• Can determine whether an RFQ is a real opportunity, or just an attempt to get a price to use against the preferred provider.

You’ll notice that I didn’t put “ability to close the sale” anywhere in the above list. While that’s obviously important—nothing else matters much without the deal itself—the best salespeople are able to ensure, using the tactics above, that the business is both profitable and feasible.

Too often, salespeople focus on the close to the exclusion of these crucial points—which leads to a lot of time and effort being spent on “opportunities” that drag your business down rather than building it up.

Launching a New Product or Service? Don’t Make This Common (and Costly) Mistake

I’ve seen this time and time again with my clients, regardless of size or industry. Someone has a “hunch” about a new product or service idea, and they rush in with guns blazing. Resources are allocated, lots of time is consumed, and a brand-new product or service is launched.

And then…crickets.

It seems, alas, that nobody is actually interested in purchasing your new product or service (or maybe you get a handful of takers, but far too few to boost your bottom line).

What went wrong? It’s all well and good to get excited about a new way to serve your customers, but it’s important to temper that enthusiasm with some good old-fashioned research.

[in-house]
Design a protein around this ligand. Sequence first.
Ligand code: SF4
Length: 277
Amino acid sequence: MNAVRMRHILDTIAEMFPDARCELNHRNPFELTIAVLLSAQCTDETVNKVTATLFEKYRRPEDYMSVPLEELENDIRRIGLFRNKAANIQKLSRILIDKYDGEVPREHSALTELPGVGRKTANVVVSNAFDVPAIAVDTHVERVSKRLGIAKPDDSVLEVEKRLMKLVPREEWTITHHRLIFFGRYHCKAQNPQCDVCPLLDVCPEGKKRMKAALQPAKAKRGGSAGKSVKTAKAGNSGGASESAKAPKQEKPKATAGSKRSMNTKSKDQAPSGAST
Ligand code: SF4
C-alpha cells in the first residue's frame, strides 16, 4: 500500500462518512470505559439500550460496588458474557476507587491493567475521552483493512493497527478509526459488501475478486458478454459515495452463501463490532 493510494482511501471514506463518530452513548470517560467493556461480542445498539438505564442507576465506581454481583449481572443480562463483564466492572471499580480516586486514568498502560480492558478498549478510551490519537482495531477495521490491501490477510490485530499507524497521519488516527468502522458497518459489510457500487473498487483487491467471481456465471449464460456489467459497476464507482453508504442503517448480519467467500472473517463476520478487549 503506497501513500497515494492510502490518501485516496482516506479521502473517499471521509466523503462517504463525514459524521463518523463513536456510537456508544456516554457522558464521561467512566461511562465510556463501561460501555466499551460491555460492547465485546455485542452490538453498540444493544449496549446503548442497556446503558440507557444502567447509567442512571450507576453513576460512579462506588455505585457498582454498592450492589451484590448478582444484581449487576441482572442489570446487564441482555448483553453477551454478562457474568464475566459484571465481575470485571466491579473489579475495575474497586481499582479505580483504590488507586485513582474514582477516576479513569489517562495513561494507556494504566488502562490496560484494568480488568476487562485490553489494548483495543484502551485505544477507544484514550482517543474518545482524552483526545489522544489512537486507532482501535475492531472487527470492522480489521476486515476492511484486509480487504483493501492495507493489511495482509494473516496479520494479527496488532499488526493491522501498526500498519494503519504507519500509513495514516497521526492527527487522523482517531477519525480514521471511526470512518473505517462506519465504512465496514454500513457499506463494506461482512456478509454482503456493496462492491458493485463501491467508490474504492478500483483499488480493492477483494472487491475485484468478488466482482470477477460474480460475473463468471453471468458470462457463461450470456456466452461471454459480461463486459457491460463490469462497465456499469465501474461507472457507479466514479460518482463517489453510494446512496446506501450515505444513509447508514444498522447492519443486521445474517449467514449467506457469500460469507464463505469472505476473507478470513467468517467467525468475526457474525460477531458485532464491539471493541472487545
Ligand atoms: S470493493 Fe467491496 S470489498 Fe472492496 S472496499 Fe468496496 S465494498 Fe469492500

And by “research” I don’t mean hopping onto Google. You can do that, but actually talking to prospective customers for this new product or service is a far better bet. And not just one or two (you know, the one or two existing customers who sparked this idea in the first place) but a whole bunch of them.

You’ll know you’re on to something if a lot of folks sound just as excited as you are, or maybe even more so. They’ll say things like:

  • “We would pay anything for that.”
  • “When can you have it ready?”
  • “How do we sign up?”

Don’t be fooled by semi-positive responses like these:

  • “Maybe we’ll look into it when it’s up and running.”
  • “I’ll think about it.”
  • “I suppose that might potentially be something we’re interested in.”

The bottom line is that customers (like the rest of us) would like to have all sorts of things – but you only want to spend your time and efforts on things they are actually willing to pay for.

An even better test, which is possible with certain products and services, is to see if people are willing to pay upfront – a deposit, say, or an early-bird price before development is complete. That way, you not only have some indisputable evidence that they are willing to pay for your idea – because they already have – but also some extra cash to help set it in motion.